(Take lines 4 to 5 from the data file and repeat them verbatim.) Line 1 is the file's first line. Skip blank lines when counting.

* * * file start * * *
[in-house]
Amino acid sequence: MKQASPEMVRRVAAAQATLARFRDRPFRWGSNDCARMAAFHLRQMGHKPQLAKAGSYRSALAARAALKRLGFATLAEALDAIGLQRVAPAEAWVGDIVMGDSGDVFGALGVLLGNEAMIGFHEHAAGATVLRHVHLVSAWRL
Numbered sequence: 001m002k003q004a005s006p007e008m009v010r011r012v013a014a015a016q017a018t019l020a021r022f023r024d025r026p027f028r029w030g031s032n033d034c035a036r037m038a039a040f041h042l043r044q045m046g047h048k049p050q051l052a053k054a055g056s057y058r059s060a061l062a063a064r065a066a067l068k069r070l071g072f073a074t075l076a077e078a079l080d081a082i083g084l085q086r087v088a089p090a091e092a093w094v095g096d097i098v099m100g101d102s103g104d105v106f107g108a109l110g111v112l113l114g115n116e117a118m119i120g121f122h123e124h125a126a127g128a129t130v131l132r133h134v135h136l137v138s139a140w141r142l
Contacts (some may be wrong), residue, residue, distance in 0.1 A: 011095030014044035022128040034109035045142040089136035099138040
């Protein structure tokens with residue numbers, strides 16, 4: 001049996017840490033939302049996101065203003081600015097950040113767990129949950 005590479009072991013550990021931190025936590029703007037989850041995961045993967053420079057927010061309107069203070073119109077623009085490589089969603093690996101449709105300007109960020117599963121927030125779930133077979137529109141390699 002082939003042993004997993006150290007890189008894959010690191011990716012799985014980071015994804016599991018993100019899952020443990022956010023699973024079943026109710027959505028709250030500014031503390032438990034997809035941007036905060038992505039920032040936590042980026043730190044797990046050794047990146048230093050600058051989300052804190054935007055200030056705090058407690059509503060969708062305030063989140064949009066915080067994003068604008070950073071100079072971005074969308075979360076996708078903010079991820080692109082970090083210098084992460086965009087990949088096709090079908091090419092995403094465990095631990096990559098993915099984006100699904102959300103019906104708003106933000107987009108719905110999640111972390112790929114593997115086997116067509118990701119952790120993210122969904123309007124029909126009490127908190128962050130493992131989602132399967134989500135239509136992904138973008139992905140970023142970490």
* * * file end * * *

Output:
Contacts (some may be wrong), residue, residue, distance in 0.1 A: 011095030014044035022128040034109035045142040089136035099138040
């Protein structure tokens with residue numbers, strides 16, 4: 001049996017840490033939302049996101065203003081600015097950040113767990129949950 005590479009072991013550990021931190025936590029703007037989850041995961045993967053420079057927010061309107069203070073119109077623009085490589089969603093690996101449709105300007109960020117599963121927030125779930133077979137529109141390699 002082939003042993004997993006150290007890189008894959010690191011990716012799985014980071015994804016599991018993100019899952020443990022956010023699973024079943026109710027959505028709250030500014031503390032438990034997809035941007036905060038992505039920032040936590042980026043730190044797990046050794047990146048230093050600058051989300052804190054935007055200030056705090058407690059509503060969708062305030063989140064949009066915080067994003068604008070950073071100079072971005074969308075979360076996708078903010079991820080692109082970090083210098084992460086965009087990949088096709090079908091090419092995403094465990095631990096990559098993915099984006100699904102959300103019906104708003106933000107987009108719905110999640111972390112790929114593997115086997116067509118990701119952790120993210122969904123309007124029909126009490127908190128962050130493992131989602132399967134989500135239509136992904138973008139992905140970023142970490």